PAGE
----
Kicking M$ Out Of The Default OS Position In Portugal

For decades the chief innovation of M$ in computing was the bundling of their OS with OEM PCs. That exclusion of competitive OS held the world of IT back from real innovation from the middle 1980s until recently. Still, M$’s salesmen have worked hard to keep consumers and large organizations locked in to M$ by making it “easy” to pay more for the default solution. That’s changing as IT has grown and the costs and complexity of M$’s OS became obvious. Governments have taken a leading role by requiring vendor-independence in IT procurement. There are still issues and recently in Portugal a nail that was sticking up was pounded down…
“Straight from the press release, ESOP, a Portuguese association of open source companies, challenged in the Fiscal and Administrative Court of Almada, a public procurement, 31A2012 for licensing and maintenance of Microsoft software, launched in September, last year, costing about 550.000,00 €.”
see Illegal procurement favouring #Microsoft in Portugal killed in the courts

The court found for ESOP and killed the tender. That’s obviously the right thing to do, chopping the uncompetitive branch of IT off at the roots. If competition between operating systems is not allowed to thrive nothing competitive will happen in the stem or the branches or the leaves. The fruit, taxed on multiple levels will be unnaturally expensive. FLOSS is a mainstream, viable, effective and wise choice at all levels.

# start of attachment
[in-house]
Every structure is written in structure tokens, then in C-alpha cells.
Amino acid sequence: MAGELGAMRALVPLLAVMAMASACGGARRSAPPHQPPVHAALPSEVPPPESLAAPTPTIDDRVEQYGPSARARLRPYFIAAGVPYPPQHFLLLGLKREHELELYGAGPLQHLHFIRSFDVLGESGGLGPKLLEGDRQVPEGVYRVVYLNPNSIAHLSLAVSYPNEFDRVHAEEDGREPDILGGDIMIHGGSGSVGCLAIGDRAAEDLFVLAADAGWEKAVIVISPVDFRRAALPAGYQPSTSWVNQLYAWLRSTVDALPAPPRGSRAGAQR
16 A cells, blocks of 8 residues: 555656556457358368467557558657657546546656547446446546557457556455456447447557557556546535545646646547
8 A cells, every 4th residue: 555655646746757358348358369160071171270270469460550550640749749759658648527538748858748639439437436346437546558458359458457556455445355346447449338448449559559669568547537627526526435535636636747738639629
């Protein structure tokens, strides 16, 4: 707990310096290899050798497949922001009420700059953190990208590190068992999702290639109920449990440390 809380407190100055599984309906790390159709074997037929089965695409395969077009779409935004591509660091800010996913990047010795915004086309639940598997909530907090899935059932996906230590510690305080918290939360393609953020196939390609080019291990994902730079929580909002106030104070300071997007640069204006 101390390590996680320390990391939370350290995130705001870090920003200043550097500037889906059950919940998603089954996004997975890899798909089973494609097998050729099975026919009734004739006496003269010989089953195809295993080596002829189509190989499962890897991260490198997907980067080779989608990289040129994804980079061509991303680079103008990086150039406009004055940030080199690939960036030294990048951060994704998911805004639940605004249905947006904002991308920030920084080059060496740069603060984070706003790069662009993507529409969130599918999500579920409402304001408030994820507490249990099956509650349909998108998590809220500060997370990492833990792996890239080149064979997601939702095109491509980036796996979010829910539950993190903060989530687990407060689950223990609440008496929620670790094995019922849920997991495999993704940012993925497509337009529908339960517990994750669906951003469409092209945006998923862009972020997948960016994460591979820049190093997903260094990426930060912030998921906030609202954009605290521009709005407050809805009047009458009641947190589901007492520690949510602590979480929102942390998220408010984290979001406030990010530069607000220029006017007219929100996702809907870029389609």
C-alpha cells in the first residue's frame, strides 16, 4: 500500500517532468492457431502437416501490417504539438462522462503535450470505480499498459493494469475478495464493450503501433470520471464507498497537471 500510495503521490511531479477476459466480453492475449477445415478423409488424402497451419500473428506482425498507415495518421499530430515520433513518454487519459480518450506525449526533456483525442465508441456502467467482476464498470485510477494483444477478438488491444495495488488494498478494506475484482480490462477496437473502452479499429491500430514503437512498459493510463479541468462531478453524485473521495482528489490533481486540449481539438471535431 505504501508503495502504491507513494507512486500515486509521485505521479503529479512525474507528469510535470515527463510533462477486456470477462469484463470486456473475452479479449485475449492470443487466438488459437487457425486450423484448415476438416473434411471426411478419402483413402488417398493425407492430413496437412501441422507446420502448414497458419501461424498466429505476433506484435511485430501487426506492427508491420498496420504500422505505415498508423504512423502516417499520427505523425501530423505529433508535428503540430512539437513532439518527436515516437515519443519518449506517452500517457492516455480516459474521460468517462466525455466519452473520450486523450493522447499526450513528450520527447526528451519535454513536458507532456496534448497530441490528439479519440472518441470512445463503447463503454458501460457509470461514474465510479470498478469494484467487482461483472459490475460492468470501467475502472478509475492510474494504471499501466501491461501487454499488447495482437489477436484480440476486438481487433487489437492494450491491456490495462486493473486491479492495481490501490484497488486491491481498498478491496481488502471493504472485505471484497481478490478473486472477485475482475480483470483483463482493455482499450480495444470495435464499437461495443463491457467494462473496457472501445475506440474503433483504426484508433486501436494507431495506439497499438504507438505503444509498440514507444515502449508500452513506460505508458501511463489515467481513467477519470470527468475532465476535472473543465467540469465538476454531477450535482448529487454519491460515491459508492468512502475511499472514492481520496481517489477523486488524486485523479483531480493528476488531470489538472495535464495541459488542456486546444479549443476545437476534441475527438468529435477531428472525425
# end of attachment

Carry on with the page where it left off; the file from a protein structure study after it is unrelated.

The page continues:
Such problems still exist. It will be a great day when all governments from the UN all the way down to local school boards all give FLOSS a shot at IT. You would think that businesses who care greatly about profitability would see it in their best interests to use FLOSS but they are still locked in. That will be the hardest nut to crack as governments are supposed to be dedicated to serving their constituents and still fell into the trap Wintel laid for them. Too many businesses still assume what’s good for M$ is good for them. It’s not.

I recommend Debian GNU/Linux. If you can’t do it with Debian you probably shouldn’t be doing it.

About Robert Pogson

I am a retired teacher in Canada. I taught in the subject areas where I have worked for almost forty years: maths, physics, chemistry and computers. I love hunting, fishing, picking berries and mushrooms, too.
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